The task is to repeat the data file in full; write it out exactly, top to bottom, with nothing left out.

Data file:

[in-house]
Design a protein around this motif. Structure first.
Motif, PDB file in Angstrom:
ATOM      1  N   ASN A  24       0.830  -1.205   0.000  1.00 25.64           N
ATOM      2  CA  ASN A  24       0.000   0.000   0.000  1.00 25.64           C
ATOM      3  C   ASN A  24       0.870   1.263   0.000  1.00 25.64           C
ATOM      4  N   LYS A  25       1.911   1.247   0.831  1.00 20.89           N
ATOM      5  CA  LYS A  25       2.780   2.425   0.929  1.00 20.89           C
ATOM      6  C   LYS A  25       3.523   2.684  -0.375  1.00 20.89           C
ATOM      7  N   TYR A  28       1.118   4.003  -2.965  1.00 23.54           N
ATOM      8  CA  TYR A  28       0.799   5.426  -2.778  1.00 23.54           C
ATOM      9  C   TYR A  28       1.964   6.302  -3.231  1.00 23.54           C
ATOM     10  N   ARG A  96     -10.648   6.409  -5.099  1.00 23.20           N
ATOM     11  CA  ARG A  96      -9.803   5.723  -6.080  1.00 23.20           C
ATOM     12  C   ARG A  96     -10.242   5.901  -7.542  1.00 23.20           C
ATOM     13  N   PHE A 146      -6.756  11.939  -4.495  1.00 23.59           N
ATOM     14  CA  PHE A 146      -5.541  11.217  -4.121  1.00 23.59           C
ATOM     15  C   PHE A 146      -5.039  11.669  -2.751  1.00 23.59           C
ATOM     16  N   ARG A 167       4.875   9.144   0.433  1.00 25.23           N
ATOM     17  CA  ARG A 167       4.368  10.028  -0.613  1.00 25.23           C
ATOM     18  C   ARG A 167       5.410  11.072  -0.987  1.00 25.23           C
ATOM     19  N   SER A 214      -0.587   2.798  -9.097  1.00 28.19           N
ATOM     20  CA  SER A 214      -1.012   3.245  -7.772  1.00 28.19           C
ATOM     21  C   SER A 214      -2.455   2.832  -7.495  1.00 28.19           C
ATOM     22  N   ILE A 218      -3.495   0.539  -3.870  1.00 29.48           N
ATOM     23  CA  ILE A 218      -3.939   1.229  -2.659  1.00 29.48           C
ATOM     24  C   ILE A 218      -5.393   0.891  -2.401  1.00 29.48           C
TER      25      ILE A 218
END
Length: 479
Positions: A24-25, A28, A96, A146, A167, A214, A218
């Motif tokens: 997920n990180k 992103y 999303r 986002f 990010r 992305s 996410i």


[in-house]
Design a protein around this motif. Structure first.
Motif, PDB file in Angstrom:
ATOM      1  N   ASN A  24       0.830  -1.205   0.000  1.00 25.64           N
ATOM      2  CA  ASN A  24       0.000   0.000   0.000  1.00 25.64           C
ATOM      3  C   ASN A  24       0.870   1.263   0.000  1.00 25.64           C
ATOM      4  N   LYS A  25       1.911   1.247   0.831  1.00 20.89           N
ATOM      5  CA  LYS A  25       2.780   2.425   0.929  1.00 20.89           C
ATOM      6  C   LYS A  25       3.523   2.684  -0.375  1.00 20.89           C
ATOM      7  N   TYR A  28       1.118   4.003  -2.965  1.00 23.54           N
ATOM      8  CA  TYR A  28       0.799   5.426  -2.778  1.00 23.54           C
ATOM      9  C   TYR A  28       1.964   6.302  -3.231  1.00 23.54           C
ATOM     10  N   ARG A  96     -10.648   6.409  -5.099  1.00 23.20           N
ATOM     11  CA  ARG A  96      -9.803   5.723  -6.080  1.00 23.20           C
ATOM     12  C   ARG A  96     -10.242   5.901  -7.542  1.00 23.20           C
ATOM     13  N   PHE A 146      -6.756  11.939  -4.495  1.00 23.59           N
ATOM     14  CA  PHE A 146      -5.541  11.217  -4.121  1.00 23.59           C
ATOM     15  C   PHE A 146      -5.039  11.669  -2.751  1.00 23.59           C
ATOM     16  N   ARG A 167       4.875   9.144   0.433  1.00 25.23           N
ATOM     17  CA  ARG A 167       4.368  10.028  -0.613  1.00 25.23           C
ATOM     18  C   ARG A 167       5.410  11.072  -0.987  1.00 25.23           C
ATOM     19  N   SER A 214      -0.587   2.798  -9.097  1.00 28.19           N
ATOM     20  CA  SER A 214      -1.012   3.245  -7.772  1.00 28.19           C
ATOM     21  C   SER A 214      -2.455   2.832  -7.495  1.00 28.19           C
ATOM     22  N   ILE A 218      -3.495   0.539  -3.870  1.00 29.48           N
ATOM     23  CA  ILE A 218      -3.939   1.229  -2.659  1.00 29.48           C
ATOM     24  C   ILE A 218      -5.393   0.891  -2.401  1.00 29.48           C
TER      25      ILE A 218
END
Length: 479
Positions: A24-25, A28, A96, A146, A167, A214, A218
């Motif tokens: 997920n990180k 992103y 999303r 986002f 990010r 992305s 996410i």